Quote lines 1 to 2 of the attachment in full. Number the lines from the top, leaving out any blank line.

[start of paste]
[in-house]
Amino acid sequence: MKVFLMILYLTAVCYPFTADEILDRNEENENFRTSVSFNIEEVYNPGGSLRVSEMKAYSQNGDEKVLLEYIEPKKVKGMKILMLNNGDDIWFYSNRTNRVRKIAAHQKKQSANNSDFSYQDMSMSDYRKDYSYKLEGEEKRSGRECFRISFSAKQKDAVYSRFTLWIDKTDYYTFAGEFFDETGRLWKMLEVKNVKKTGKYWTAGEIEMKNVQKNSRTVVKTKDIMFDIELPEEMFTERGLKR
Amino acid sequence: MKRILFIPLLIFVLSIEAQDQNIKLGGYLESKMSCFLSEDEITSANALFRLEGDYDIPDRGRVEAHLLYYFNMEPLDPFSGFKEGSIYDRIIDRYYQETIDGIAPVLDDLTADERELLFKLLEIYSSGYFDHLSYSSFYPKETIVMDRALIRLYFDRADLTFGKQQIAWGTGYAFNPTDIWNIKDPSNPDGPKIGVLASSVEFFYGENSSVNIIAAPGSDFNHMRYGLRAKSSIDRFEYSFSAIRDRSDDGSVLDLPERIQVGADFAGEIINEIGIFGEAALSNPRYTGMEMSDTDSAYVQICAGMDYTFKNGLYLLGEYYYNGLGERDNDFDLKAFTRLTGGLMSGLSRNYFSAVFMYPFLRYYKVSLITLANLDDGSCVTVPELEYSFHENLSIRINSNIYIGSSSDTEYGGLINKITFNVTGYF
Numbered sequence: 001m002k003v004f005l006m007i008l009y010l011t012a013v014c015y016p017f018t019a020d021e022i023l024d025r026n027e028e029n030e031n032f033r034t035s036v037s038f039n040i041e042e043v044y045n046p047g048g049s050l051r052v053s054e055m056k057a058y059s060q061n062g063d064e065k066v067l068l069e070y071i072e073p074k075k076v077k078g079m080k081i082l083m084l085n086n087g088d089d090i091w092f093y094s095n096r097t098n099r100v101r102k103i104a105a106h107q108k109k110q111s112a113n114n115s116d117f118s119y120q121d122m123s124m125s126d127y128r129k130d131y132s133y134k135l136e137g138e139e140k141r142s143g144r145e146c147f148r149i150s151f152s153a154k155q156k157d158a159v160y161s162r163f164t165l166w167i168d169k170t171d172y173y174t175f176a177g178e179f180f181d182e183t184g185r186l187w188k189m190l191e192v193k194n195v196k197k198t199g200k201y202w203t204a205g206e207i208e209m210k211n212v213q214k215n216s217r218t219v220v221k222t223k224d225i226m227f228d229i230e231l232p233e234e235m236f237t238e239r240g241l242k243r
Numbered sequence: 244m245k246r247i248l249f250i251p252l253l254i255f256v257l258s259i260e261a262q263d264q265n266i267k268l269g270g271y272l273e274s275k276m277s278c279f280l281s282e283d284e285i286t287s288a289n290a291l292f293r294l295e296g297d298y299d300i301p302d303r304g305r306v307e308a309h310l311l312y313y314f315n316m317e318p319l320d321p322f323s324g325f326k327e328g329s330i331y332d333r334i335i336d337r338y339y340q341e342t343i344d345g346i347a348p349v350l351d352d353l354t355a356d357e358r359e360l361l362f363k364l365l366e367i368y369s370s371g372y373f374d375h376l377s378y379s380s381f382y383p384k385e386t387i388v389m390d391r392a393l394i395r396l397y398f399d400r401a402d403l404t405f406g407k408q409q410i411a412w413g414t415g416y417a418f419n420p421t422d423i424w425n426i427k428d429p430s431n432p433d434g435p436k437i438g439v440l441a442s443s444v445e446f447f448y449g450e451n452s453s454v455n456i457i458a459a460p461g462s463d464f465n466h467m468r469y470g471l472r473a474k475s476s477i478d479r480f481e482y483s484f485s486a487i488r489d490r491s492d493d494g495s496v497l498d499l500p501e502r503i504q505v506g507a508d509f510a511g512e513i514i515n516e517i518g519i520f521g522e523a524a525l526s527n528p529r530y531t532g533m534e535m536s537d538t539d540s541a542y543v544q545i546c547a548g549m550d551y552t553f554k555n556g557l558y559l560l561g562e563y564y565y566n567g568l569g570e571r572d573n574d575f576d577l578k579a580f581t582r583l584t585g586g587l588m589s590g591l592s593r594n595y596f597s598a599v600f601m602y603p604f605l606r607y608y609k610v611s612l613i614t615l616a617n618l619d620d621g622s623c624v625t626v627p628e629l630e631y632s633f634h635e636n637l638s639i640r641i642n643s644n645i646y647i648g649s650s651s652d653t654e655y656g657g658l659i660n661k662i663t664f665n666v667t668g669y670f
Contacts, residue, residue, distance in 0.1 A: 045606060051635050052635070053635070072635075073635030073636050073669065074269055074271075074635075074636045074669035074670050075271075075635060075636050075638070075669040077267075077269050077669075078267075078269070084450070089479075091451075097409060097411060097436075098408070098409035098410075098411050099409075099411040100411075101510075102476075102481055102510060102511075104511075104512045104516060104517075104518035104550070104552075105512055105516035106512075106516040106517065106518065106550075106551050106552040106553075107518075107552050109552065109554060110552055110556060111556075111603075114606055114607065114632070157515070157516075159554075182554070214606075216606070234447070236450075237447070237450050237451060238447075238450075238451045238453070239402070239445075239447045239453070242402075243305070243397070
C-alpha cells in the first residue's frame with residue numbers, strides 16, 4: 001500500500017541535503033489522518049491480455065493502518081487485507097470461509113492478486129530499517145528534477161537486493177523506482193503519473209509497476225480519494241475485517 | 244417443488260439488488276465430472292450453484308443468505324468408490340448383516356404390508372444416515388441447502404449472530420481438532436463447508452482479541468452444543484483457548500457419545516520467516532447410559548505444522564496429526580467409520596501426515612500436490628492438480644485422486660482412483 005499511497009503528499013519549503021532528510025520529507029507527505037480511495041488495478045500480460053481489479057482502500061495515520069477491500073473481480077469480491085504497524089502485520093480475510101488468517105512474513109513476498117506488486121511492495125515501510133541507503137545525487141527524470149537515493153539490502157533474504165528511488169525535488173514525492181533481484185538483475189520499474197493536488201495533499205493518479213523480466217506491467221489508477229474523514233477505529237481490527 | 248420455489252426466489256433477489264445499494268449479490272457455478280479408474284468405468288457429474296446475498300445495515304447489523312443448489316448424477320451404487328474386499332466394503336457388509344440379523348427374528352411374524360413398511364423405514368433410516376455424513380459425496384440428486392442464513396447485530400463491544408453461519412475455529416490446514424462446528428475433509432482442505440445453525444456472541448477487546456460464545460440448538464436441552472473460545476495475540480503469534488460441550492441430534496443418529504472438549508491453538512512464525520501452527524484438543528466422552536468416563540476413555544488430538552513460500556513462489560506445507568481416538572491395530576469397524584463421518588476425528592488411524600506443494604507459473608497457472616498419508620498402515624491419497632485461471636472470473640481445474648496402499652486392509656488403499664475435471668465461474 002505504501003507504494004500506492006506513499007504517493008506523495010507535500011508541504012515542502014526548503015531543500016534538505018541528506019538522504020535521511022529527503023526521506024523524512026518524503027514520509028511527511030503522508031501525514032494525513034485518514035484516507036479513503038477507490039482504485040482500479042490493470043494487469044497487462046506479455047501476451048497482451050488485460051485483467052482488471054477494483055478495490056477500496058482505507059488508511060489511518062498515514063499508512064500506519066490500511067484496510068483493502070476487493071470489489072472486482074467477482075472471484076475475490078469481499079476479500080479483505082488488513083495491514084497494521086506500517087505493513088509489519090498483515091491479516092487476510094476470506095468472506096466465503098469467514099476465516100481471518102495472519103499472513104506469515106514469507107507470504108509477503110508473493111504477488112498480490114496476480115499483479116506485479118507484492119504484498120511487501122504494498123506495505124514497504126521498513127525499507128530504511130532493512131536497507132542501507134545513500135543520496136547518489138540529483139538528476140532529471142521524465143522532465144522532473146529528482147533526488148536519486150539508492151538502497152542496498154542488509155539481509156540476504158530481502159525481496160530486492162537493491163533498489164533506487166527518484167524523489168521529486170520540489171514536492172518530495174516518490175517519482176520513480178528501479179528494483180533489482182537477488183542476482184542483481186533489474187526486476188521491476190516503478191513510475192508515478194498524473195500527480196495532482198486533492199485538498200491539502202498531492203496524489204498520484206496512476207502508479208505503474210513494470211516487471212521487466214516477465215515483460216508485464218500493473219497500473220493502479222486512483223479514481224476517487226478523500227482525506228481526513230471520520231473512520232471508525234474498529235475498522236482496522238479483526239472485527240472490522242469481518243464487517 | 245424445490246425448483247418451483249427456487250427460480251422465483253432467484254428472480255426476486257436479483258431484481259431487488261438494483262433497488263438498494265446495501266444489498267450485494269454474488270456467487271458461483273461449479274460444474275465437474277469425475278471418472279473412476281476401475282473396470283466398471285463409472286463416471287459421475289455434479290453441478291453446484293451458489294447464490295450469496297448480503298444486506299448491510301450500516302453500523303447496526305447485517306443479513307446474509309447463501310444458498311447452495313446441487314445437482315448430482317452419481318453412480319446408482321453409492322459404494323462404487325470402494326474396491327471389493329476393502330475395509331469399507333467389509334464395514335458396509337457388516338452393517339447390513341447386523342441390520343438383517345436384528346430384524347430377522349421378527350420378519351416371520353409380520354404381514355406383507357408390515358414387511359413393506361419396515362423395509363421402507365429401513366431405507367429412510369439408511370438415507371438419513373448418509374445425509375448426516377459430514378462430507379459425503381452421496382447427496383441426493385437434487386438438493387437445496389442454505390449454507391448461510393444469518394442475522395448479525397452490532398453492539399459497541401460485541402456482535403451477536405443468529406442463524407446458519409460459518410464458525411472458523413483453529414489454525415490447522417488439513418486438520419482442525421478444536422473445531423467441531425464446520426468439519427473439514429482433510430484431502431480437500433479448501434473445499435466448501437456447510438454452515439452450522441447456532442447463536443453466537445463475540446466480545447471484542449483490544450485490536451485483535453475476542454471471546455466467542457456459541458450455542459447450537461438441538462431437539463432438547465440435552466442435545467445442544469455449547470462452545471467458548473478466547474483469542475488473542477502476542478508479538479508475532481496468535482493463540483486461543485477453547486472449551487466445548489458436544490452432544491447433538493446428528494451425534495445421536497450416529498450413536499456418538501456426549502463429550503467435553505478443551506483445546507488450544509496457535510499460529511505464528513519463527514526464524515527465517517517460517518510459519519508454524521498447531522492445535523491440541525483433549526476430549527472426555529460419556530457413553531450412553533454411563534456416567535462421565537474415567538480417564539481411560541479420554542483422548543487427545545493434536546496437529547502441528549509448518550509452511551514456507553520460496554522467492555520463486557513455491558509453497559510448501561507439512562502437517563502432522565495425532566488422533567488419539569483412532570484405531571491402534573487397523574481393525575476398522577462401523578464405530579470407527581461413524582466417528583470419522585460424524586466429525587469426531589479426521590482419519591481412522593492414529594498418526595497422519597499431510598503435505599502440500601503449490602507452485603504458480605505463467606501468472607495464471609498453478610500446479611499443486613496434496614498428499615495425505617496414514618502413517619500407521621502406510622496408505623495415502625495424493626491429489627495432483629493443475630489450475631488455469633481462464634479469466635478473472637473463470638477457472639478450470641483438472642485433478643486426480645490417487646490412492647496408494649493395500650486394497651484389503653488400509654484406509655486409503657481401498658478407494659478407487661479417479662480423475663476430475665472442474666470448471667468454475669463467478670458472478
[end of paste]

[in-house]
Amino acid sequence: MKVFLMILYLTAVCYPFTADEILDRNEENENFRTSVSFNIEEVYNPGGSLRVSEMKAYSQNGDEKVLLEYIEPKKVKGMKILMLNNGDDIWFYSNRTNRVRKIAAHQKKQSANNSDFSYQDMSMSDYRKDYSYKLEGEEKRSGRECFRISFSAKQKDAVYSRFTLWIDKTDYYTFAGEFFDETGRLWKMLEVKNVKKTGKYWTAGEIEMKNVQKNSRTVVKTKDIMFDIELPEEMFTERGLKR